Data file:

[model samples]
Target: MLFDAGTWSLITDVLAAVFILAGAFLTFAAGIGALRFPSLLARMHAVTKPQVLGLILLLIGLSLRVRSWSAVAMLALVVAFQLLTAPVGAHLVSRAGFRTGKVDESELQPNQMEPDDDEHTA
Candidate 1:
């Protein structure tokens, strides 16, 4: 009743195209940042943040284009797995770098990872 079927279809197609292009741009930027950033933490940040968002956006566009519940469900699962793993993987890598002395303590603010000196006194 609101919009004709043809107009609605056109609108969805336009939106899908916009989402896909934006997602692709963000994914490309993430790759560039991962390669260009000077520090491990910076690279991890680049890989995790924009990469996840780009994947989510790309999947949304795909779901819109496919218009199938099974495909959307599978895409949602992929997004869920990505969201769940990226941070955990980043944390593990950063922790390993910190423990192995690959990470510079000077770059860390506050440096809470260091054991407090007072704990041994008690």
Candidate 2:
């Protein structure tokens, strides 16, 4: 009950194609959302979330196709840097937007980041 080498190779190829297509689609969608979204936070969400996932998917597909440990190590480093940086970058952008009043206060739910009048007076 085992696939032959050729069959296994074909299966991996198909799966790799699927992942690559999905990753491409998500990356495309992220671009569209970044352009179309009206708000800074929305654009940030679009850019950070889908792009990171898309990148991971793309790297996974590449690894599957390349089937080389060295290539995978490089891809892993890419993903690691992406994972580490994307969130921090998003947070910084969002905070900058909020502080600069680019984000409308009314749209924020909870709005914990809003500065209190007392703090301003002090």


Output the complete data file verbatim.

[model samples]
Target: MLFDAGTWSLITDVLAAVFILAGAFLTFAAGIGALRFPSLLARMHAVTKPQVLGLILLLIGLSLRVRSWSAVAMLALVVAFQLLTAPVGAHLVSRAGFRTGKVDESELQPNQMEPDDDEHTA
Candidate 1:
């Protein structure tokens, strides 16, 4: 009743195209940042943040284009797995770098990872 079927279809197609292009741009930027950033933490940040968002956006566009519940469900699962793993993987890598002395303590603010000196006194 609101919009004709043809107009609605056109609108969805336009939106899908916009989402896909934006997602692709963000994914490309993430790759560039991962390669260009000077520090491990910076690279991890680049890989995790924009990469996840780009994947989510790309999947949304795909779901819109496919218009199938099974495909959307599978895409949602992929997004869920990505969201769940990226941070955990980043944390593990950063922790390993910190423990192995690959990470510079000077770059860390506050440096809470260091054991407090007072704990041994008690």
Candidate 2:
């Protein structure tokens, strides 16, 4: 009950194609959302979330196709840097937007980041 080498190779190829297509689609969608979204936070969400996932998917597909440990190590480093940086970058952008009043206060739910009048007076 085992696939032959050729069959296994074909299966991996198909799966790799699927992942690559999905990753491409998500990356495309992220671009569209970044352009179309009206708000800074929305654009940030679009850019950070889908792009990171898309990148991971793309790297996974590449690894599957390349089937080389060295290539995978490089891809892993890419993903690691992406994972580490994307969130921090998003947070910084969002905070900058909020502080600069680019984000409308009314749209924020909870709005914990809003500065209190007392703090301003002090």